Women articulated the purpose of such sacrifice: [I]to be able as women, to pass on a patriotic legacy to their children by ensuring the safety and survival fo historic Richmond. For should it be our sad fate to become slaves, ornaments would ill become our state of bondage: while if God in his infinite mercy shall crown our efforts with success, we will be content to wear the laural leaves of victory, and point our children to our civil and religious liberty so gloriously achieved and say, "These be thy jewels."(5)[/I]
The Richmond Gunboat Society was successful in achieving it's goal. It is estimated the members raised $30,000 towards the construction of the CSS Virginia II, which launched in Richmond on the James River June 1863.
When the CSS Virginia was sunk by its own captain to avoid capture, Southerners became disheartened and disillusioned. This event marked a change of heart for the avid gunboat advocates. When it became apparent that Mobile would be likely to fall into enemy hands in 1862, gunboat funds in that area were channeled towards medical supplies and hospitals.(2)
Capture of New Orleans, Memphis and Norfolk dampened the enthusiasm of these societies. Finally, all but 5 fo the gunboats partially paid for by women were destroyed. By 1863, the societies were no more.(5)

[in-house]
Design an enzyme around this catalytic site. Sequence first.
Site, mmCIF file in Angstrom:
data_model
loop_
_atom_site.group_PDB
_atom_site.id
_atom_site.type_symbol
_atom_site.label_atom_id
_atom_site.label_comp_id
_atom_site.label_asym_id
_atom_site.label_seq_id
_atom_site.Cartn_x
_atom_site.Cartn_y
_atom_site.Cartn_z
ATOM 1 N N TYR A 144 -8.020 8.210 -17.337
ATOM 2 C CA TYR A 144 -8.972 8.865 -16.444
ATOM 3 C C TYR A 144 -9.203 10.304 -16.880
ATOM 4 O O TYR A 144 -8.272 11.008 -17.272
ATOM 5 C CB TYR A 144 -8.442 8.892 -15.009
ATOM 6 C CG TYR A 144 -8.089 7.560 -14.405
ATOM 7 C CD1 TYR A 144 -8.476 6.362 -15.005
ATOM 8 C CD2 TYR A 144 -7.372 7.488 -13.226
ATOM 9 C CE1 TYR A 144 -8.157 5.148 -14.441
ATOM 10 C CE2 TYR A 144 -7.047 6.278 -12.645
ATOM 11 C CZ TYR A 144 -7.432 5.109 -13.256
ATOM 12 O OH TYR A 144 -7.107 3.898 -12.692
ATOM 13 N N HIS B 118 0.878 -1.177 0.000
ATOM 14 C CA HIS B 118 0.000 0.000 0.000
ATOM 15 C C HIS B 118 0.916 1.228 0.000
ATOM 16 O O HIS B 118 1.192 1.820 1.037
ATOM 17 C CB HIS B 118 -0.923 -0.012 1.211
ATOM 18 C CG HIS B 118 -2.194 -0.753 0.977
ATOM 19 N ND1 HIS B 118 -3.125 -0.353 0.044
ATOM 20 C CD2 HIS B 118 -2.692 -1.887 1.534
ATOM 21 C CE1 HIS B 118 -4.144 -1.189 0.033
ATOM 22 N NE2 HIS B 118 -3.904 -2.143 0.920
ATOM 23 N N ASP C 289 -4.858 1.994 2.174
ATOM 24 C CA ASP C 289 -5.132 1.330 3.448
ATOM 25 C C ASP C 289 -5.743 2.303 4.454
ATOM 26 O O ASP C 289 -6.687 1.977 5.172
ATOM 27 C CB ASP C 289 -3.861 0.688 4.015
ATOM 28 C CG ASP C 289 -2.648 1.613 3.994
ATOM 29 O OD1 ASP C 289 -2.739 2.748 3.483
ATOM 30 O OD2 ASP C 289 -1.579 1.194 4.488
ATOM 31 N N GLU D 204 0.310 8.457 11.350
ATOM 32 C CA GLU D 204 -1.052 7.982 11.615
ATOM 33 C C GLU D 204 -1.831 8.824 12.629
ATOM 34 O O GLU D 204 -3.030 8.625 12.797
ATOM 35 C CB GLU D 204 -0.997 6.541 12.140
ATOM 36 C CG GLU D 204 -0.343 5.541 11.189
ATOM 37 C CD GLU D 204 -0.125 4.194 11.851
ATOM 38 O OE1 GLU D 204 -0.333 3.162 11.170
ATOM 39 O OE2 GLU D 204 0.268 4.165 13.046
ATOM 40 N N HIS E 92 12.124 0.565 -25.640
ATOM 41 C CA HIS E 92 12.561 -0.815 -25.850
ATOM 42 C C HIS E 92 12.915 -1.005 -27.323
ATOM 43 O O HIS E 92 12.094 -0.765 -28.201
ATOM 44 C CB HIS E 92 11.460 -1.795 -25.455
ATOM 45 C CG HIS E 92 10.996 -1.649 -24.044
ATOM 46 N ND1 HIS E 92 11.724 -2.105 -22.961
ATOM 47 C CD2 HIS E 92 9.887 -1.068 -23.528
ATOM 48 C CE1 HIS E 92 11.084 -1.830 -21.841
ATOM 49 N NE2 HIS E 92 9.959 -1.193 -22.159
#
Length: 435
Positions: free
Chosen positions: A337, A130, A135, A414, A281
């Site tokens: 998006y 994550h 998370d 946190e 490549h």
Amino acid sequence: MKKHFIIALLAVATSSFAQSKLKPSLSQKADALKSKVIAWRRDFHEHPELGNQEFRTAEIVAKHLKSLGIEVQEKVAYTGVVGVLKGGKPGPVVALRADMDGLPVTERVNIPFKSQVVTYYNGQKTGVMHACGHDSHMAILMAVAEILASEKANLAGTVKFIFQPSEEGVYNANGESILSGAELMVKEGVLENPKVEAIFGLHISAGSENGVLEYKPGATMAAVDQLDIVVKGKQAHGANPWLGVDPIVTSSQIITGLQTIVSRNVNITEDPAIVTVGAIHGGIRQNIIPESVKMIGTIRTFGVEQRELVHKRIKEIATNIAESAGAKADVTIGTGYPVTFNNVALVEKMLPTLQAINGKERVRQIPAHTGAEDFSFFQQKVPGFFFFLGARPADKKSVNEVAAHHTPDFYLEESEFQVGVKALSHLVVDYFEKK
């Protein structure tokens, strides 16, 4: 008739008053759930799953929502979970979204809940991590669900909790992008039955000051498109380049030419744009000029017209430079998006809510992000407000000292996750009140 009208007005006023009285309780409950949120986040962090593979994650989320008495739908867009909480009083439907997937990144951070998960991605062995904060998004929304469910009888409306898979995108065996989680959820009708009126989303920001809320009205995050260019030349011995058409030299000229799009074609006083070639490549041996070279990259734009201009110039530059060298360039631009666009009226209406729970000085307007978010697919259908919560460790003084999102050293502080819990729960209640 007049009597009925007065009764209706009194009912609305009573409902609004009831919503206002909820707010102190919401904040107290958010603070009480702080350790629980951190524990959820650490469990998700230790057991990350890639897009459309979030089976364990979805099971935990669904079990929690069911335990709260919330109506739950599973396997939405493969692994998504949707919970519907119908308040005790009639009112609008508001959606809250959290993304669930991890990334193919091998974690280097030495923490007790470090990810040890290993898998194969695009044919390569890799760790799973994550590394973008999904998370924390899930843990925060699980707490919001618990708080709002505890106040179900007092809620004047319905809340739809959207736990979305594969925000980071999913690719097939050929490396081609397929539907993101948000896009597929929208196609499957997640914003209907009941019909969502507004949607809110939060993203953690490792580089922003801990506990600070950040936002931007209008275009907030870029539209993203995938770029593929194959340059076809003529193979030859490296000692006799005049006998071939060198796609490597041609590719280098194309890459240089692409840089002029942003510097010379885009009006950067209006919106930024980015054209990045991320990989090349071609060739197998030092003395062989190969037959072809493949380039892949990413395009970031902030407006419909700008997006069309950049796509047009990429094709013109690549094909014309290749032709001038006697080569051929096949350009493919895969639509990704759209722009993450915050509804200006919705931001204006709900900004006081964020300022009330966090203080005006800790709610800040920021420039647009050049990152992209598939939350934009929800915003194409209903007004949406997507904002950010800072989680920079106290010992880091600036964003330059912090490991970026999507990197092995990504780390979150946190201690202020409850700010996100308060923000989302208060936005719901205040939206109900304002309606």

On April 3, 1865, the CSS Virginia II was destroyed along with other Confederate gunboats on the James River, during the invasion of Richmond.(10)
--Written by BonnieBlueFlag
- -Battle for Port Royal, Wikipedia
- -Ladies Gunboat Association Papers, Southern Women's History Collection, Museum of the Confederacy.
- -Gunboat Quilters Fund-raisers for the Confederacy by Patricia Cummings.
- -Google book search / American Philanthropy / page 74
- -Google book search / Women During the Civil War / page 201
- -Richmond Daily Dispatch (downloaded online) March 20, 1862
- -Patternsfromhistory.com / Confederate Gunboat quilt patterns: fundraising for ironclad boats.
- -The Forgotten Confederates / Angelfire.com
- -Quiltersmuse.com / Gunboat quilts of the Confederacy
- -CSS Virginia II - Wikipedia